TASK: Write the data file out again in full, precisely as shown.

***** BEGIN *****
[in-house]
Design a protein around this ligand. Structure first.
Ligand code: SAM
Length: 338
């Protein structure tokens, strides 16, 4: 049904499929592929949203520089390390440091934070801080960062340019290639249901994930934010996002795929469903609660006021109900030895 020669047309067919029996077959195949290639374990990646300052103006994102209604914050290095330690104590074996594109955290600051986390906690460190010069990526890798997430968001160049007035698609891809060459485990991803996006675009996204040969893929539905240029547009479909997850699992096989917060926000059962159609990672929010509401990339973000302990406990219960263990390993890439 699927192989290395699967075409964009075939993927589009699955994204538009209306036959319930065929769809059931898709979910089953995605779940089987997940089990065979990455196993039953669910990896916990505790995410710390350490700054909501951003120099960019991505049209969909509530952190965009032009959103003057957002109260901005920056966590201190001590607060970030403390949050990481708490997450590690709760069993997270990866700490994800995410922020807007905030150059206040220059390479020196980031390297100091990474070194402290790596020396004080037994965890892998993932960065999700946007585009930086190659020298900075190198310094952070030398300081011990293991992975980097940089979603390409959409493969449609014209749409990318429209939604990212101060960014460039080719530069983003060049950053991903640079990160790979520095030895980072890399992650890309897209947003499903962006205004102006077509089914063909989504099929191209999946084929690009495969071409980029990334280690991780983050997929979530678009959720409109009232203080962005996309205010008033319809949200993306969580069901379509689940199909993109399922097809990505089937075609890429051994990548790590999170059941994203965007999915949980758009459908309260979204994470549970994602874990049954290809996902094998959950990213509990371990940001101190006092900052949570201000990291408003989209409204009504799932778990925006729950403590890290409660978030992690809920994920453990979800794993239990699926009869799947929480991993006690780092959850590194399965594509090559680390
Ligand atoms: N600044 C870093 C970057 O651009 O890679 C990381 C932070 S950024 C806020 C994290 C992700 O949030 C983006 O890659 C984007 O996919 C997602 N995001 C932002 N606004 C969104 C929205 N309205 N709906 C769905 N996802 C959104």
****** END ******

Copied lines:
[in-house]
Design a protein around this ligand. Structure first.
Ligand code: SAM
Length: 338
């Protein structure tokens, strides 16, 4: 049904499929592929949203520089390390440091934070801080960062340019290639249901994930934010996002795929469903609660006021109900030895 020669047309067919029996077959195949290639374990990646300052103006994102209604914050290095330690104590074996594109955290600051986390906690460190010069990526890798997430968001160049007035698609891809060459485990991803996006675009996204040969893929539905240029547009479909997850699992096989917060926000059962159609990672929010509401990339973000302990406990219960263990390993890439 699927192989290395699967075409964009075939993927589009699955994204538009209306036959319930065929769809059931898709979910089953995605779940089987997940089990065979990455196993039953669910990896916990505790995410710390350490700054909501951003120099960019991505049209969909509530952190965009032009959103003057957002109260901005920056966590201190001590607060970030403390949050990481708490997450590690709760069993997270990866700490994800995410922020807007905030150059206040220059390479020196980031390297100091990474070194402290790596020396004080037994965890892998993932960065999700946007585009930086190659020298900075190198310094952070030398300081011990293991992975980097940089979603390409959409493969449609014209749409990318429209939604990212101060960014460039080719530069983003060049950053991903640079990160790979520095030895980072890399992650890309897209947003499903962006205004102006077509089914063909989504099929191209999946084929690009495969071409980029990334280690991780983050997929979530678009959720409109009232203080962005996309205010008033319809949200993306969580069901379509689940199909993109399922097809990505089937075609890429051994990548790590999170059941994203965007999915949980758009459908309260979204994470549970994602874990049954290809996902094998959950990213509990371990940001101190006092900052949570201000990291408003989209409204009504799932778990925006729950403590890290409660978030992690809920994920453990979800794993239990699926009869799947929480991993006690780092959850590194399965594509090559680390
Ligand atoms: N600044 C870093 C970057 O651009 O890679 C990381 C932070 S950024 C806020 C994290 C992700 O949030 C983006 O890659 C984007 O996919 C997602 N995001 C932002 N606004 C969104 C929205 N309205 N709906 C769905 N996802 C959104």